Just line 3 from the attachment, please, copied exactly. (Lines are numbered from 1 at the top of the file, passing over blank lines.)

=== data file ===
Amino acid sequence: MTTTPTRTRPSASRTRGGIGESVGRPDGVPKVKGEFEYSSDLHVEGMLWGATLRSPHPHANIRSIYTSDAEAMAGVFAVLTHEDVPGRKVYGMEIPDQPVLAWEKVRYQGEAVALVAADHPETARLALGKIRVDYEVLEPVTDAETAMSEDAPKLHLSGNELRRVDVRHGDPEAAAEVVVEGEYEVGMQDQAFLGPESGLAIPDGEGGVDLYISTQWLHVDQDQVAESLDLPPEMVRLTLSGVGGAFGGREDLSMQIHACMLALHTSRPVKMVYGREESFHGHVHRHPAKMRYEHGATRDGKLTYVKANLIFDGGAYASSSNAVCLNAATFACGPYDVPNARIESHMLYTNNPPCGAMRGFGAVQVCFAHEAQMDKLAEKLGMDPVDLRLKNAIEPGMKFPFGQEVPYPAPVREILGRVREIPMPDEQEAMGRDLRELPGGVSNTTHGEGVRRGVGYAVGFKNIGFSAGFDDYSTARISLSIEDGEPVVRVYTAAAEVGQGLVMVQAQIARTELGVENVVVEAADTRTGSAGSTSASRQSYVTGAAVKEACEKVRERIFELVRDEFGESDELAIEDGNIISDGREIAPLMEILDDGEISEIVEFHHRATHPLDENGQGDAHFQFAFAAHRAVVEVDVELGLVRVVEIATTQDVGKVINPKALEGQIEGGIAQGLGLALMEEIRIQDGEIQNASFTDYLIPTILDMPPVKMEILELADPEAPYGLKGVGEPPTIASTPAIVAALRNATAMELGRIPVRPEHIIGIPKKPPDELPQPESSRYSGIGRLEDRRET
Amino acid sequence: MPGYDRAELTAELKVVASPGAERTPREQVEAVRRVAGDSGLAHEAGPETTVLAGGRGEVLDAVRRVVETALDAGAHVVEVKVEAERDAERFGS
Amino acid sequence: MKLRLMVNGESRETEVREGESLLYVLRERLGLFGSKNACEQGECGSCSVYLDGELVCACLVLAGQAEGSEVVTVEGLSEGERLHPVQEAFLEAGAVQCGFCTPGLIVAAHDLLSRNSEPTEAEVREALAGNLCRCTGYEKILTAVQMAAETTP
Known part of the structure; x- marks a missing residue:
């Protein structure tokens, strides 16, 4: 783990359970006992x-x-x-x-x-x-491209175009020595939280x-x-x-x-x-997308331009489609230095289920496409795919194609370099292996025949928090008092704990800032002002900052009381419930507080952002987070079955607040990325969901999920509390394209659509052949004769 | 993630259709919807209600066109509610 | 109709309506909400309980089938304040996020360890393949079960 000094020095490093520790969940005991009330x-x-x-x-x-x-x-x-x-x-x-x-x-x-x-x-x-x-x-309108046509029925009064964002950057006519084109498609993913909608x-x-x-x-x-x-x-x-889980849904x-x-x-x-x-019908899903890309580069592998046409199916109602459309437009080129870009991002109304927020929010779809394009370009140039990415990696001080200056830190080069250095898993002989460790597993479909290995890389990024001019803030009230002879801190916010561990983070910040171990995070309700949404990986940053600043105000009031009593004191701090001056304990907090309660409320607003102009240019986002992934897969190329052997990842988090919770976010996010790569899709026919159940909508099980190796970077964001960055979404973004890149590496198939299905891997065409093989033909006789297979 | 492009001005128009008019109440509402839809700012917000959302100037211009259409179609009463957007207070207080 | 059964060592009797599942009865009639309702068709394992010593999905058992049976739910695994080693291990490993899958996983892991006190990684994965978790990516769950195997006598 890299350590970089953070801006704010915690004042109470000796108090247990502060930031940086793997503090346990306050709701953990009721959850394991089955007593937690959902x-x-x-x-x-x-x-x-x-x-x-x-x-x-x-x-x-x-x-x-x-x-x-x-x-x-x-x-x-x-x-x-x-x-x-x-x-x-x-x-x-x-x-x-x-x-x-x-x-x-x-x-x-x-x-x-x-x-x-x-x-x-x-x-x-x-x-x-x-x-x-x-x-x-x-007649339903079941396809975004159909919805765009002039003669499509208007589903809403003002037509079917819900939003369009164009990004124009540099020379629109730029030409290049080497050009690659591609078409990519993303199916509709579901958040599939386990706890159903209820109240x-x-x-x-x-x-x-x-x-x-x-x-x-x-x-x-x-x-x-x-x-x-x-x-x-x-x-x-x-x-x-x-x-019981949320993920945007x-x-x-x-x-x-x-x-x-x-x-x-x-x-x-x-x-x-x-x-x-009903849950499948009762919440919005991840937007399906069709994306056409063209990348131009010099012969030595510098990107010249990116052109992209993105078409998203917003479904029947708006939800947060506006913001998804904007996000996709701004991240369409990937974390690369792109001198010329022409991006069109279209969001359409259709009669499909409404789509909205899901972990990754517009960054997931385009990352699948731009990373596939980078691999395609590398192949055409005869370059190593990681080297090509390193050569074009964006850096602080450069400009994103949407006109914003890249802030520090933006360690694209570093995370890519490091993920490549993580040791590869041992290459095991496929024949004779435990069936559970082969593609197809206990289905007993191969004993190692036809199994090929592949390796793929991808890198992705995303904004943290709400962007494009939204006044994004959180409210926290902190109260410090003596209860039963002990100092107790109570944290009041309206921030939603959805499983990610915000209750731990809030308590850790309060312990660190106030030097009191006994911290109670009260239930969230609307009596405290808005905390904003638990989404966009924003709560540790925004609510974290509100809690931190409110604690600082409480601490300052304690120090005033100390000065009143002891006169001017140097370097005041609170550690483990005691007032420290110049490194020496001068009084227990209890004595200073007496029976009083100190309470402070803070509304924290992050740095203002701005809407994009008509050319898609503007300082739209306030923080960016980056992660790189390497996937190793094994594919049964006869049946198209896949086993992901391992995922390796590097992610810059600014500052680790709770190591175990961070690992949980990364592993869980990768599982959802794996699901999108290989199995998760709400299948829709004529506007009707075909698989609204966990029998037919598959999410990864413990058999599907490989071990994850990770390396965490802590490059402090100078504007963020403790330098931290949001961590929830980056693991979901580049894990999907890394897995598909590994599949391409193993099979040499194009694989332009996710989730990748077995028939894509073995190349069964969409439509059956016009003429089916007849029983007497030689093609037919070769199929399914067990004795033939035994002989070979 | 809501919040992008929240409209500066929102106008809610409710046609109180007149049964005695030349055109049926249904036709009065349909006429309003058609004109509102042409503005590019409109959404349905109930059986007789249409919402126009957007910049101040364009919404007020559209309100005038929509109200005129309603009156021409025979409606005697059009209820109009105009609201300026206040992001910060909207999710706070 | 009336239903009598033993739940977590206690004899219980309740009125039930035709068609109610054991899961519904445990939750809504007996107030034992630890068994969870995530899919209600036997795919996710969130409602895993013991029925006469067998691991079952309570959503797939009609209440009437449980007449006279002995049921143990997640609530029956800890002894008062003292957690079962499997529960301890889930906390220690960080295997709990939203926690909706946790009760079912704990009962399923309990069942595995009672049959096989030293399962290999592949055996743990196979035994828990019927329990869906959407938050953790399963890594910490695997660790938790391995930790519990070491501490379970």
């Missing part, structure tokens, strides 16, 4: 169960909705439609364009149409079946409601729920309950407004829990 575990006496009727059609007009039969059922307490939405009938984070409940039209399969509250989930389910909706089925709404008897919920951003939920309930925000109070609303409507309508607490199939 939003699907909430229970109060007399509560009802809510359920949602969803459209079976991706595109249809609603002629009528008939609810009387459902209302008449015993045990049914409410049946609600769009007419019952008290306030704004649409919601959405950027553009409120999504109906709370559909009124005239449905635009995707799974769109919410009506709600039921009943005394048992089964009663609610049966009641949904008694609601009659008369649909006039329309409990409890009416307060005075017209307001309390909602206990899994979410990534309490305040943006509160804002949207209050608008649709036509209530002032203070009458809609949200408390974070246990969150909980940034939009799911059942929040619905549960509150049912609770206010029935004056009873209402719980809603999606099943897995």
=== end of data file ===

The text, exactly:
Amino acid sequence: MKLRLMVNGESRETEVREGESLLYVLRERLGLFGSKNACEQGECGSCSVYLDGELVCACLVLAGQAEGSEVVTVEGLSEGERLHPVQEAFLEAGAVQCGFCTPGLIVAAHDLLSRNSEPTEAEVREALAGNLCRCTGYEKILTAVQMAAETTP